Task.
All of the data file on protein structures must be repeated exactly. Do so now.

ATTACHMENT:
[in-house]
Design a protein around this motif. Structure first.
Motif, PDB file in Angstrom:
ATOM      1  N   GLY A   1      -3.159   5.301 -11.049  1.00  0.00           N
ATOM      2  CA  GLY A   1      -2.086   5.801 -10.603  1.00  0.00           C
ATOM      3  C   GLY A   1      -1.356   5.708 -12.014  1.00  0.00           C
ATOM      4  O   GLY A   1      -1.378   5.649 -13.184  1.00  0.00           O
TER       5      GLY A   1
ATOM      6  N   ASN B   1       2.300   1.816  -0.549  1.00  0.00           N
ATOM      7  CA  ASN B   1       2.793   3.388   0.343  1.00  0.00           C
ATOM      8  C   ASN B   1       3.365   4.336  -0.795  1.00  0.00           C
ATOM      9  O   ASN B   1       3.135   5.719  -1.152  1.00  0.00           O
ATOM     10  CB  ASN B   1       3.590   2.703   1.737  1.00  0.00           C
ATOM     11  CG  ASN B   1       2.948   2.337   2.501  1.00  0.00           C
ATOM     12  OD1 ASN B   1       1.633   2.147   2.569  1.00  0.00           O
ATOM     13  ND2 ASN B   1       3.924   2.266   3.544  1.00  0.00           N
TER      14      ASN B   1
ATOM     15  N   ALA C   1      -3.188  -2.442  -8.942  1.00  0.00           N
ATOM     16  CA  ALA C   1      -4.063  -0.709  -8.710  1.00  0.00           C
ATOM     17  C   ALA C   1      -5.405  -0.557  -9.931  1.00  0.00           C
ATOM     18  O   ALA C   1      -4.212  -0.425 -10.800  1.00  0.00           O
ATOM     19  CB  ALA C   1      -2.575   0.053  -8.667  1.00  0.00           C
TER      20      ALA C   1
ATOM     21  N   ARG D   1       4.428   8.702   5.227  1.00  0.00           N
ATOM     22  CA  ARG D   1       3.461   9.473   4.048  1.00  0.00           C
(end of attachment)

[in-house]
Design a protein around this motif. Structure first.
Motif, PDB file in Angstrom:
ATOM      1  N   GLY A   1      -3.159   5.301 -11.049  1.00  0.00           N
ATOM      2  CA  GLY A   1      -2.086   5.801 -10.603  1.00  0.00           C
ATOM      3  C   GLY A   1      -1.356   5.708 -12.014  1.00  0.00           C
ATOM      4  O   GLY A   1      -1.378   5.649 -13.184  1.00  0.00           O
TER       5      GLY A   1
ATOM      6  N   ASN B   1       2.300   1.816  -0.549  1.00  0.00           N
ATOM      7  CA  ASN B   1       2.793   3.388   0.343  1.00  0.00           C
ATOM      8  C   ASN B   1       3.365   4.336  -0.795  1.00  0.00           C
ATOM      9  O   ASN B   1       3.135   5.719  -1.152  1.00  0.00           O
ATOM     10  CB  ASN B   1       3.590   2.703   1.737  1.00  0.00           C
ATOM     11  CG  ASN B   1       2.948   2.337   2.501  1.00  0.00           C
ATOM     12  OD1 ASN B   1       1.633   2.147   2.569  1.00  0.00           O
ATOM     13  ND2 ASN B   1       3.924   2.266   3.544  1.00  0.00           N
TER      14      ASN B   1
ATOM     15  N   ALA C   1      -3.188  -2.442  -8.942  1.00  0.00           N
ATOM     16  CA  ALA C   1      -4.063  -0.709  -8.710  1.00  0.00           C
ATOM     17  C   ALA C   1      -5.405  -0.557  -9.931  1.00  0.00           C
ATOM     18  O   ALA C   1      -4.212  -0.425 -10.800  1.00  0.00           O
ATOM     19  CB  ALA C   1      -2.575   0.053  -8.667  1.00  0.00           C
TER      20      ALA C   1
ATOM     21  N   ARG D   1       4.428   8.702   5.227  1.00  0.00           N
ATOM     22  CA  ARG D   1       3.461   9.473   4.048  1.00  0.00           C